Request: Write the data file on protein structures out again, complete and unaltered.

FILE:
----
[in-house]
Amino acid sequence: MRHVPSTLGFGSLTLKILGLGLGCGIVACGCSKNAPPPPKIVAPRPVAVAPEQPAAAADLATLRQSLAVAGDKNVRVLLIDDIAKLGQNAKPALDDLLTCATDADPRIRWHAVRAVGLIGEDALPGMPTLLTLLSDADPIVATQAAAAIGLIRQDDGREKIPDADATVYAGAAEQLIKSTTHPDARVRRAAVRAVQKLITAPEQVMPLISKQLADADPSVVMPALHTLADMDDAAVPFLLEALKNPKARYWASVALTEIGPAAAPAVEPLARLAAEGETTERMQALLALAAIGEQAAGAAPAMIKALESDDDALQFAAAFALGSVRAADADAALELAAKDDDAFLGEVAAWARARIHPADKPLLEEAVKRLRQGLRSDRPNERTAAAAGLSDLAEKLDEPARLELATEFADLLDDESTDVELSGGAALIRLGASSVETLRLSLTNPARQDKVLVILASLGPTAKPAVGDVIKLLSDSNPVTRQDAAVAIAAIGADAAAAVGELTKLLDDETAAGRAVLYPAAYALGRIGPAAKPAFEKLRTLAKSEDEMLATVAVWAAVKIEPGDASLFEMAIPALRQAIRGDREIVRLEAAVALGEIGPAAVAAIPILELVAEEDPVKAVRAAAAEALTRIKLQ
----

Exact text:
[in-house]
Amino acid sequence: MRHVPSTLGFGSLTLKILGLGLGCGIVACGCSKNAPPPPKIVAPRPVAVAPEQPAAAADLATLRQSLAVAGDKNVRVLLIDDIAKLGQNAKPALDDLLTCATDADPRIRWHAVRAVGLIGEDALPGMPTLLTLLSDADPIVATQAAAAIGLIRQDDGREKIPDADATVYAGAAEQLIKSTTHPDARVRRAAVRAVQKLITAPEQVMPLISKQLADADPSVVMPALHTLADMDDAAVPFLLEALKNPKARYWASVALTEIGPAAAPAVEPLARLAAEGETTERMQALLALAAIGEQAAGAAPAMIKALESDDDALQFAAAFALGSVRAADADAALELAAKDDDAFLGEVAAWARARIHPADKPLLEEAVKRLRQGLRSDRPNERTAAAAGLSDLAEKLDEPARLELATEFADLLDDESTDVELSGGAALIRLGASSVETLRLSLTNPARQDKVLVILASLGPTAKPAVGDVIKLLSDSNPVTRQDAAVAIAAIGADAAAAVGELTKLLDDETAAGRAVLYPAAYALGRIGPAAKPAFEKLRTLAKSEDEMLATVAVWAAVKIEPGDASLFEMAIPALRQAIRGDREIVRLEAAVALGEIGPAAVAAIPILELVAEEDPVKAVRAAAAEALTRIKLQ